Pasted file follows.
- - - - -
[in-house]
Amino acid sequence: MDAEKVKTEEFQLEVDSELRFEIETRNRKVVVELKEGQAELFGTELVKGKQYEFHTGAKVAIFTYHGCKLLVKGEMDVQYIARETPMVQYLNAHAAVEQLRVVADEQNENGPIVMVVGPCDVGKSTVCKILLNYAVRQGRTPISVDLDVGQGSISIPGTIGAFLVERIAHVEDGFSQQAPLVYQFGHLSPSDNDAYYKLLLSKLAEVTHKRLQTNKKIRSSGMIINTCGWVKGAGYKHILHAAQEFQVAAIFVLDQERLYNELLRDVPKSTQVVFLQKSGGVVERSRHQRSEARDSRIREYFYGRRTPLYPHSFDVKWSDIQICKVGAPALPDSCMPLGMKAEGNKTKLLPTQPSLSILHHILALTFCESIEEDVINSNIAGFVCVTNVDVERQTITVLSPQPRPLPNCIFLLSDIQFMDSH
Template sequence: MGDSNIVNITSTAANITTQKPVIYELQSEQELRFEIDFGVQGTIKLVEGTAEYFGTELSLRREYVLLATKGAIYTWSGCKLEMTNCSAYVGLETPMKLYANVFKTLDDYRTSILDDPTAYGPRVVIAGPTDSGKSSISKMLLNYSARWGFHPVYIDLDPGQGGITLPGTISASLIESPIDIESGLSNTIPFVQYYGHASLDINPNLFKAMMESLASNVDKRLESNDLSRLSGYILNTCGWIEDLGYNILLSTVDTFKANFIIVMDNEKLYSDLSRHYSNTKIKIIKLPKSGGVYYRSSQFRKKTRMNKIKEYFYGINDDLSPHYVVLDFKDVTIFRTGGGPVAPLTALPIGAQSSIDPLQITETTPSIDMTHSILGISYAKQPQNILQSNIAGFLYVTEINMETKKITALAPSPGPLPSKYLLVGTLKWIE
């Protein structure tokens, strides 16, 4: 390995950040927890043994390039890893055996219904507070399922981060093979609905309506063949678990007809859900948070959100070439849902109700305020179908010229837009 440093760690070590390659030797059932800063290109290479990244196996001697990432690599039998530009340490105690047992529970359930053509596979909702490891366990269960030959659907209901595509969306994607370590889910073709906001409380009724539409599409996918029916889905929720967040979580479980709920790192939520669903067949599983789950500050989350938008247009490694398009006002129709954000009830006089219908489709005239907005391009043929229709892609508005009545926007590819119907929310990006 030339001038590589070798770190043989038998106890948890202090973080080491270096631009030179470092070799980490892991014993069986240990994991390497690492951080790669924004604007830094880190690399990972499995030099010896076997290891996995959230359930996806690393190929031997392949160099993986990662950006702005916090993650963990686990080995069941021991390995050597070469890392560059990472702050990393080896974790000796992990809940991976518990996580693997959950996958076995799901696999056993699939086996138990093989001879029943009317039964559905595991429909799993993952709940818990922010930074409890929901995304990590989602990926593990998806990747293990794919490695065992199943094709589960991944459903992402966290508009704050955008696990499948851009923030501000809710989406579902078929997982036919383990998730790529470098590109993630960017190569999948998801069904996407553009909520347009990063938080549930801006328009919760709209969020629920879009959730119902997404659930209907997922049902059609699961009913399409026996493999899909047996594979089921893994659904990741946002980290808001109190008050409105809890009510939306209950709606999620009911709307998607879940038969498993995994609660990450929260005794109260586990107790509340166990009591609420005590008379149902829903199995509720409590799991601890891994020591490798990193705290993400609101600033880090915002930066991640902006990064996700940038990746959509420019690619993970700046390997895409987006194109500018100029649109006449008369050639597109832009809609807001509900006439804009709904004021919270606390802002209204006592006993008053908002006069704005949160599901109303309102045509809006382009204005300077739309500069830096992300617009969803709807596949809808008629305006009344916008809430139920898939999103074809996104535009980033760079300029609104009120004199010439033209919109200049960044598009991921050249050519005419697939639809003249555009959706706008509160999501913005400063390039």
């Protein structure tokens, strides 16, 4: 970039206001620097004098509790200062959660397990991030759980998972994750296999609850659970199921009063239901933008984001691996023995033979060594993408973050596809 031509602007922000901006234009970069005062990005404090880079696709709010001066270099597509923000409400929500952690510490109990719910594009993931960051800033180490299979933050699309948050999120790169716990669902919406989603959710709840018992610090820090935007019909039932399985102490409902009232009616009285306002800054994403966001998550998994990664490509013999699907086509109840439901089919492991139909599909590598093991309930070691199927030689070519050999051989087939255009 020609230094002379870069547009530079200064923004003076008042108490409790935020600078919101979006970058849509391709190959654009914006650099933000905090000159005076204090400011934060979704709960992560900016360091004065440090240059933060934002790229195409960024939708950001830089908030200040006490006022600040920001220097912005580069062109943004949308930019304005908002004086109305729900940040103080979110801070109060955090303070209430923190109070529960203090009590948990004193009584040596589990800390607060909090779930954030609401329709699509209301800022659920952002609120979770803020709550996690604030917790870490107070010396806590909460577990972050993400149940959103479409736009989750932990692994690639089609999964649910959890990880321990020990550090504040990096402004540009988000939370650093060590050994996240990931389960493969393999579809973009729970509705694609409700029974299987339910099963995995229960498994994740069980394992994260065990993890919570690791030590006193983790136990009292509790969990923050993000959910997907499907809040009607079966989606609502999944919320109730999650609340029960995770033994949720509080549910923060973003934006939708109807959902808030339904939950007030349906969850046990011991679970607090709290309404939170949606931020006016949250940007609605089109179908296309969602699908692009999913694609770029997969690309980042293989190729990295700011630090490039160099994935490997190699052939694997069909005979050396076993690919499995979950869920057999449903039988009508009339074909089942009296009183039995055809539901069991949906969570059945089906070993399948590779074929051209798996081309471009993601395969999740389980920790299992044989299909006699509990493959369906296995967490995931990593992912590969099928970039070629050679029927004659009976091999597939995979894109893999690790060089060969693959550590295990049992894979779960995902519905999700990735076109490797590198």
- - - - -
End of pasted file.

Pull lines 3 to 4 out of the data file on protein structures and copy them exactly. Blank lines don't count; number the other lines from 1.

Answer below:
Template sequence: MGDSNIVNITSTAANITTQKPVIYELQSEQELRFEIDFGVQGTIKLVEGTAEYFGTELSLRREYVLLATKGAIYTWSGCKLEMTNCSAYVGLETPMKLYANVFKTLDDYRTSILDDPTAYGPRVVIAGPTDSGKSSISKMLLNYSARWGFHPVYIDLDPGQGGITLPGTISASLIESPIDIESGLSNTIPFVQYYGHASLDINPNLFKAMMESLASNVDKRLESNDLSRLSGYILNTCGWIEDLGYNILLSTVDTFKANFIIVMDNEKLYSDLSRHYSNTKIKIIKLPKSGGVYYRSSQFRKKTRMNKIKEYFYGINDDLSPHYVVLDFKDVTIFRTGGGPVAPLTALPIGAQSSIDPLQITETTPSIDMTHSILGISYAKQPQNILQSNIAGFLYVTEINMETKKITALAPSPGPLPSKYLLVGTLKWIE
């Protein structure tokens, strides 16, 4: 390995950040927890043994390039890893055996219904507070399922981060093979609905309506063949678990007809859900948070959100070439849902109700305020179908010229837009 440093760690070590390659030797059932800063290109290479990244196996001697990432690599039998530009340490105690047992529970359930053509596979909702490891366990269960030959659907209901595509969306994607370590889910073709906001409380009724539409599409996918029916889905929720967040979580479980709920790192939520669903067949599983789950500050989350938008247009490694398009006002129709954000009830006089219908489709005239907005391009043929229709892609508005009545926007590819119907929310990006 030339001038590589070798770190043989038998106890948890202090973080080491270096631009030179470092070799980490892991014993069986240990994991390497690492951080790669924004604007830094880190690399990972499995030099010896076997290891996995959230359930996806690393190929031997392949160099993986990662950006702005916090993650963990686990080995069941021991390995050597070469890392560059990472702050990393080896974790000796992990809940991976518990996580693997959950996958076995799901696999056993699939086996138990093989001879029943009317039964559905595991429909799993993952709940818990922010930074409890929901995304990590989602990926593990998806990747293990794919490695065992199943094709589960991944459903992402966290508009704050955008696990499948851009923030501000809710989406579902078929997982036919383990998730790529470098590109993630960017190569999948998801069904996407553009909520347009990063938080549930801006328009919760709209969020629920879009959730119902997404659930209907997922049902059609699961009913399409026996493999899909047996594979089921893994659904990741946002980290808001109190008050409105809890009510939306209950709606999620009911709307998607879940038969498993995994609660990450929260005794109260586990107790509340166990009591609420005590008379149902829903199995509720409590799991601890891994020591490798990193705290993400609101600033880090915002930066991640902006990064996700940038990746959509420019690619993970700046390997895409987006194109500018100029649109006449008369050639597109832009809609807001509900006439804009709904004021919270606390802002209204006592006993008053908002006069704005949160599901109303309102045509809006382009204005300077739309500069830096992300617009969803709807596949809808008629305006009344916008809430139920898939999103074809996104535009980033760079300029609104009120004199010439033209919109200049960044598009991921050249050519005419697939639809003249555009959706706008509160999501913005400063390039």